U.S. military medical team provides valuable care in Kenya
September 17, 2006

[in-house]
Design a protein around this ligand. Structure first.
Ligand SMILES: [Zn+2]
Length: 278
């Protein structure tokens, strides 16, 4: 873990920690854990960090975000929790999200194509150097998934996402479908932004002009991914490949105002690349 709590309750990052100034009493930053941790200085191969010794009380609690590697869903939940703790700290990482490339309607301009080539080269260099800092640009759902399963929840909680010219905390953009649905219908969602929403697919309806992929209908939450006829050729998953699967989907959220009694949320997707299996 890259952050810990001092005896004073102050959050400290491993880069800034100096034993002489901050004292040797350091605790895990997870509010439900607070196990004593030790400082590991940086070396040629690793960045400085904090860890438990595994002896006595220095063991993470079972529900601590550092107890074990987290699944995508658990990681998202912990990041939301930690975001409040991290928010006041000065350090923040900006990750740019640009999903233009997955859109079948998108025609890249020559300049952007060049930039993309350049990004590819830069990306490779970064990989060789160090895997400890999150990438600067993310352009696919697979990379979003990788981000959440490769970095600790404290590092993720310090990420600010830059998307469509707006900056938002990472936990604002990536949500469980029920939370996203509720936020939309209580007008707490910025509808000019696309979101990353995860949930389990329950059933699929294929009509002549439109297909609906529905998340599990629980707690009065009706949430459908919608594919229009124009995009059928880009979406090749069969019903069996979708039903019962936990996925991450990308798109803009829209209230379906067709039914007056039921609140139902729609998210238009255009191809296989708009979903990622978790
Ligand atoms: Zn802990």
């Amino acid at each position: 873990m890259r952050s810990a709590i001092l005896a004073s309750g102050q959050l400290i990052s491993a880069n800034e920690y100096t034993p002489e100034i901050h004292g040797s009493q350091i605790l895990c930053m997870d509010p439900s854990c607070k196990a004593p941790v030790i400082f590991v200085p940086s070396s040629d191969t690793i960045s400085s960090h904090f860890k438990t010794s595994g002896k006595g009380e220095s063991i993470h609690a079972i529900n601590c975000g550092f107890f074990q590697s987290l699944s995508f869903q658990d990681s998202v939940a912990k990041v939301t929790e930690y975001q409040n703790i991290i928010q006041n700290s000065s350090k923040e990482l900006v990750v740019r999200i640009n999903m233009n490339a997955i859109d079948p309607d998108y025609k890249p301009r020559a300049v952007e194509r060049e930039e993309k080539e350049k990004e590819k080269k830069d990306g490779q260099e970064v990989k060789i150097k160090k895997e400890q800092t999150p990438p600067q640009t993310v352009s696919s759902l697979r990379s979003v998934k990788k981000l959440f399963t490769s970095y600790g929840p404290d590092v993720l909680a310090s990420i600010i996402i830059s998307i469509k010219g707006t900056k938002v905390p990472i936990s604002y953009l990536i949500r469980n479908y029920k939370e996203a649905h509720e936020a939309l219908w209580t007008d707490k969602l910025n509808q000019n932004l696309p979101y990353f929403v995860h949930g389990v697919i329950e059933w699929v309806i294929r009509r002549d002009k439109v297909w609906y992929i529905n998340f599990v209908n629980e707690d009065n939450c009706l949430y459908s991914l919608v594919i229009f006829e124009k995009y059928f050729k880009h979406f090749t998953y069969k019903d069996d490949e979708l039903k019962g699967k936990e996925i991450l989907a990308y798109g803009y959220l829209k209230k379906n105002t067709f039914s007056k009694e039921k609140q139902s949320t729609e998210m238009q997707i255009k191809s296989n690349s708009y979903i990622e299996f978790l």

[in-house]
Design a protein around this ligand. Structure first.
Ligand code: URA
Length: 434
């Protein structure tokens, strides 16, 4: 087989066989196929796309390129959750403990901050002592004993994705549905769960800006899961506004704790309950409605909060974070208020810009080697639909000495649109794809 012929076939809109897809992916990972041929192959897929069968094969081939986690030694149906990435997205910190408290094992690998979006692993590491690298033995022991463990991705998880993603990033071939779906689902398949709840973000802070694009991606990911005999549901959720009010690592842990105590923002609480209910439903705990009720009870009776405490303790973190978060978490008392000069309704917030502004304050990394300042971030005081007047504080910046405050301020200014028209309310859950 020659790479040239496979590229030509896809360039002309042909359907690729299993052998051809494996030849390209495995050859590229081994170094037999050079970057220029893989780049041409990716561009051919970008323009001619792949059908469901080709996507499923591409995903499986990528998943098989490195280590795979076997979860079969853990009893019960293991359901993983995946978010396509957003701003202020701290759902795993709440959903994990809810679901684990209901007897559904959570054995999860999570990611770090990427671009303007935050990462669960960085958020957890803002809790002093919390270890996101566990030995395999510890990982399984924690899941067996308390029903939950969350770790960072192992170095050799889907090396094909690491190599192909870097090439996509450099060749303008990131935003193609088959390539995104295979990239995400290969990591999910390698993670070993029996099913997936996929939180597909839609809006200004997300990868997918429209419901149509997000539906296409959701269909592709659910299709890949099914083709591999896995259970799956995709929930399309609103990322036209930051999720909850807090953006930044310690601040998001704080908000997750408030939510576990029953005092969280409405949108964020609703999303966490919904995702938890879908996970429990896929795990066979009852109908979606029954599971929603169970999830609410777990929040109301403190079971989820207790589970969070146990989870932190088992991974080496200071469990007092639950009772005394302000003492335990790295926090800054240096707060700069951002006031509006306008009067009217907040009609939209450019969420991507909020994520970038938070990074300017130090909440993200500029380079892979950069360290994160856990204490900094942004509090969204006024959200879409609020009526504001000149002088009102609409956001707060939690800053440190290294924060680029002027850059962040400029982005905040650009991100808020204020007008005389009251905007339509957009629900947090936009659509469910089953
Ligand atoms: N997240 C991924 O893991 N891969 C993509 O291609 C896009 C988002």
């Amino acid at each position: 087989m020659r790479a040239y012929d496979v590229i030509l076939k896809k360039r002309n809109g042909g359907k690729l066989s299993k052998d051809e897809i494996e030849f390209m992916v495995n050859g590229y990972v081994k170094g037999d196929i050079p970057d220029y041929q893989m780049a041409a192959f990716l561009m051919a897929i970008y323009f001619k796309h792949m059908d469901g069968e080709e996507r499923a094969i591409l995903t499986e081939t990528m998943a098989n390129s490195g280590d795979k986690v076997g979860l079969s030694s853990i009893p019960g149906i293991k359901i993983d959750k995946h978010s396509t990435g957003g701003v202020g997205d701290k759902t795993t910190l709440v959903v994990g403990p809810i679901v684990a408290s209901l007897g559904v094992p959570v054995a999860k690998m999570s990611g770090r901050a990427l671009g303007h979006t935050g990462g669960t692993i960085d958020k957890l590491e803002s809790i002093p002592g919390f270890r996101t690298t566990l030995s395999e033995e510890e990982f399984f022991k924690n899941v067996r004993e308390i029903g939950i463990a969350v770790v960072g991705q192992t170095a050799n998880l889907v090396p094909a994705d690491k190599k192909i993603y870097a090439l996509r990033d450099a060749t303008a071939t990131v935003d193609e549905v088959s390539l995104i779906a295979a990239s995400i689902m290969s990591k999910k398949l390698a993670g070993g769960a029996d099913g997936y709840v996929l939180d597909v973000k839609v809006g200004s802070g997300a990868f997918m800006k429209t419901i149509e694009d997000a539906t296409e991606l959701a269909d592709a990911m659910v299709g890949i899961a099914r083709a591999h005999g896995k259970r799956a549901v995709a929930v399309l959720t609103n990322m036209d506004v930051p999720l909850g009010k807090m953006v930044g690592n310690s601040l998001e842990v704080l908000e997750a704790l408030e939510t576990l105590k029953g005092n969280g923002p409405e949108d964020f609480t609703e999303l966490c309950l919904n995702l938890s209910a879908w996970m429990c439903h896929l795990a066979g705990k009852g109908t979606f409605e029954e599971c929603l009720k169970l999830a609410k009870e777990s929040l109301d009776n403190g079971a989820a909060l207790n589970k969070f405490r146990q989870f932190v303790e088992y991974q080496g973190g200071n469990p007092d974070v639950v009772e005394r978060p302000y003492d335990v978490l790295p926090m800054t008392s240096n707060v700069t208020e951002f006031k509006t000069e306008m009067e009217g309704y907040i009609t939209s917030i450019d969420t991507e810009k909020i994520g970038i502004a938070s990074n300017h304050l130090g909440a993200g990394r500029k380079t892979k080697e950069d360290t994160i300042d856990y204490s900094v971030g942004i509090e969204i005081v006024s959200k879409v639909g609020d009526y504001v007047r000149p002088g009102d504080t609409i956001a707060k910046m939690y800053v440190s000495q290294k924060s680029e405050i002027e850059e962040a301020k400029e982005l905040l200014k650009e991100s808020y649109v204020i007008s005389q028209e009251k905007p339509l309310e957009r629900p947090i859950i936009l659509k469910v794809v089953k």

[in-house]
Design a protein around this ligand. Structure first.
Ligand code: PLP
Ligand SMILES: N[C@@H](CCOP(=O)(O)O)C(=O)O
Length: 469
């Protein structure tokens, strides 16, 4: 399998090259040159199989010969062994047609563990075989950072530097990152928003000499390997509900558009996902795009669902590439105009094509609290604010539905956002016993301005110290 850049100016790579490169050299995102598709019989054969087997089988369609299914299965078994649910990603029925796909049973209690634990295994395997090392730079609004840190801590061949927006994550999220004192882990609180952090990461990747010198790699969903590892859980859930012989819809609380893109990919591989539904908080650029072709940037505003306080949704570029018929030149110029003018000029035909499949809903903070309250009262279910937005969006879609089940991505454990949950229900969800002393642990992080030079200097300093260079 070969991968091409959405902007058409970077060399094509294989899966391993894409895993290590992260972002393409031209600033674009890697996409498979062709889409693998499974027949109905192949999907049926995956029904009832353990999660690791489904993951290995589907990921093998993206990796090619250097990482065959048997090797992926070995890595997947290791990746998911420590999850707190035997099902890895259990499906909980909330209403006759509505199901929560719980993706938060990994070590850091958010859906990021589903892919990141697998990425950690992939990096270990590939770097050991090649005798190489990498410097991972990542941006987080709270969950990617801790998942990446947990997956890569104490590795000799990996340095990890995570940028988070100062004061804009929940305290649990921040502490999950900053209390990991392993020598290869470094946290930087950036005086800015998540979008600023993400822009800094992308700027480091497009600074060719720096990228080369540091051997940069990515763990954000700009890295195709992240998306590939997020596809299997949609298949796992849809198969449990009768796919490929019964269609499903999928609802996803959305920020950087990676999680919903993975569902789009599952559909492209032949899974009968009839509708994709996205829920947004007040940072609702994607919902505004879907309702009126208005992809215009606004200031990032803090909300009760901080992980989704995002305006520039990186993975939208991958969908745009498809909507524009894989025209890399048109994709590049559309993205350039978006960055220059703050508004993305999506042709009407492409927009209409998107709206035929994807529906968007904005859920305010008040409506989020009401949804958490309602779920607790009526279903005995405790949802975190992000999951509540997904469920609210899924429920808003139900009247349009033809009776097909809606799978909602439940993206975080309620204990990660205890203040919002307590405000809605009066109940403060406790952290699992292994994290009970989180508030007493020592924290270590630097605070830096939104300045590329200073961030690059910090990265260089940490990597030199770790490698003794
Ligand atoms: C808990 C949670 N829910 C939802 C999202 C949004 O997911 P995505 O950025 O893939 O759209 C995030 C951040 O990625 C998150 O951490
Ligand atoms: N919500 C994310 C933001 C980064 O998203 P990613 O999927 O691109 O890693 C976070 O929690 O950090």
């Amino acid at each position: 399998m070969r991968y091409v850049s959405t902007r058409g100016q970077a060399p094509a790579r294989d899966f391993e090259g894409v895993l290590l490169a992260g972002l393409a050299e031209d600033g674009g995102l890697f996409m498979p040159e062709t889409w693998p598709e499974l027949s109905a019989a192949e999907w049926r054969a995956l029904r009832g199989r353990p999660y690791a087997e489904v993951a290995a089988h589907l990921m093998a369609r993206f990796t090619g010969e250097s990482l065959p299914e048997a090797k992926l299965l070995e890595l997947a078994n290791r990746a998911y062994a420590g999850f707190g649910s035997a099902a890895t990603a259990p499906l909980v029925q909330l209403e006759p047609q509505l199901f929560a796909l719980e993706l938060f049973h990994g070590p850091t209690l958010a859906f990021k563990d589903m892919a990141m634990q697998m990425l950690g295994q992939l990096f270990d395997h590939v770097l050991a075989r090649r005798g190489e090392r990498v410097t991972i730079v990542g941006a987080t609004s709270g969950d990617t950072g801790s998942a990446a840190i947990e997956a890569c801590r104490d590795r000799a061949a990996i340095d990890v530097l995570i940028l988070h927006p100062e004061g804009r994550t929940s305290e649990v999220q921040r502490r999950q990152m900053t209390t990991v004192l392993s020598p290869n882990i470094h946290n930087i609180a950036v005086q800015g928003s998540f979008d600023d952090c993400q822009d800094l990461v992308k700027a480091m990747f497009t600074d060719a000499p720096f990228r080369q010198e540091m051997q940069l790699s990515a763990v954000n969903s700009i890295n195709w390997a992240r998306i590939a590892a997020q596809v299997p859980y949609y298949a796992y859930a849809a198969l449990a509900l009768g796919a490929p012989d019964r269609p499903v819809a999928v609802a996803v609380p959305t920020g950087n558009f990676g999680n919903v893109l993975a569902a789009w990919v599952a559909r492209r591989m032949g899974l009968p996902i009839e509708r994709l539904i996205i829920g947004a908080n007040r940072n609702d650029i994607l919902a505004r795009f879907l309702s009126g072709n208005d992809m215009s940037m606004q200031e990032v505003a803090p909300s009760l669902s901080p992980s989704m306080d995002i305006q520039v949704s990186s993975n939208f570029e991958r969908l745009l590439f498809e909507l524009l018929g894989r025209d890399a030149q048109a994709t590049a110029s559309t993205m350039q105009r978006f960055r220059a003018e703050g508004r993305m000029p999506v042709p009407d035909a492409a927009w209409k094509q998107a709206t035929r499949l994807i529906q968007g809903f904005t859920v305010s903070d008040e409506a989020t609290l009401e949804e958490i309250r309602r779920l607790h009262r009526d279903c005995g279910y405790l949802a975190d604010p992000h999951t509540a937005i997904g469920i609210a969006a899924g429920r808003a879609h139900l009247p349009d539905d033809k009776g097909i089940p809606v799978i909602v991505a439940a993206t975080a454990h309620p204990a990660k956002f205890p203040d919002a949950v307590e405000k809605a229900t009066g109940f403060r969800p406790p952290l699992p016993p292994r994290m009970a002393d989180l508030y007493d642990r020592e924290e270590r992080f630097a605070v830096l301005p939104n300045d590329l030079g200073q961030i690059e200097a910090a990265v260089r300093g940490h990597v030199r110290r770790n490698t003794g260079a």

NGINYANG, Kenya - This story begins with the E Company/96th Civil Affairs Civic Action Team* at the base of an isolated livestock watering hole in the Northern Rift Valley Province of Kenya. The heat of the day was starting to make an appearance rapidly through the dry dust kicked up by the arrival of our vehicle convoy. In what looked like the middle of a lunar landscape (no cellular phone coverage here, folks), a livestock watering hole sprouted, protected by a berm and formidable cactus bushes. <br/><br/>As the team, along with East African Community (EAC) soldiers and locals, closed in at the foot of the watering hole they encountered herds and herds of goats and sheep already being led in an organized fashion towards two holding pens. The circular holding pens were nothing more than neatly arranged tree and thorn bush branches allowing a herd of about 150 goats and sheep to be comfortably confined. The tribal leader of these nomadic people whom the team had coordinated with several days earlier had certainly spread the word about the upcoming VETCAP. News travels fast even by word of mouth! <br/><br/>VETCAP stands for Veterinary Civic Action Program, which is a special form of Humanitarian Assistance (HA) called Humanitarian and Civic Assistance (HCA). HCA is assistance provided to the local populace by predominantly U.S. forces in conjunction with military operations, such as the Exercise Natural Fire 2006, in which this particular VETCAP was supporting. <br/><br/>Guidance from local Kenyan veterinary health officials recommended that the VETCAP concentrate on vaccinating sheep and goats for sheeppox and goatpox (Pox) and goats for Contagious Caprine Pleuropnemonia (CCPP). The poxviruses are serious and often-fatal diseases characterized by skin eruptions (somewhat similar to smallpox in humans). In addition the team also treated several animals presented on sick call. The vets ended up setting a fractured left forelimb in a goat and cleaning an infected facial wound in a lamb.<br/><br/>The Civic Action Team, along with the EAC and local people, split up into groups: a preparation center (mixing and drawing up vaccines) and two animal teams each consisting of two vaccinators (one for Pox and one for CCPP), one "marker" and three handlers. The animal teams then gathered in a corral and started the process. One after another each animal was collected and restrained by a handler, vaccinated, marked on the head with a non-toxic, long-lasting paint stick in either blue or green (to prevent re-vaccinations) and finally released outside of the corral. This went on for most of the day. As one herd of animals was completed another herd would materialize out of the bush and the team would start all over again. Overall, more than 2000 animals were treated. Not a bad day for a Civil Affairs Civic Action Team!<br/><br/>The Civic Action Team was made up of one U.S. Air Force physician, one U.S. Army veterinarian, one U.S. Army Reserve veterinarian and one U.S. Army Reserve animal care provider.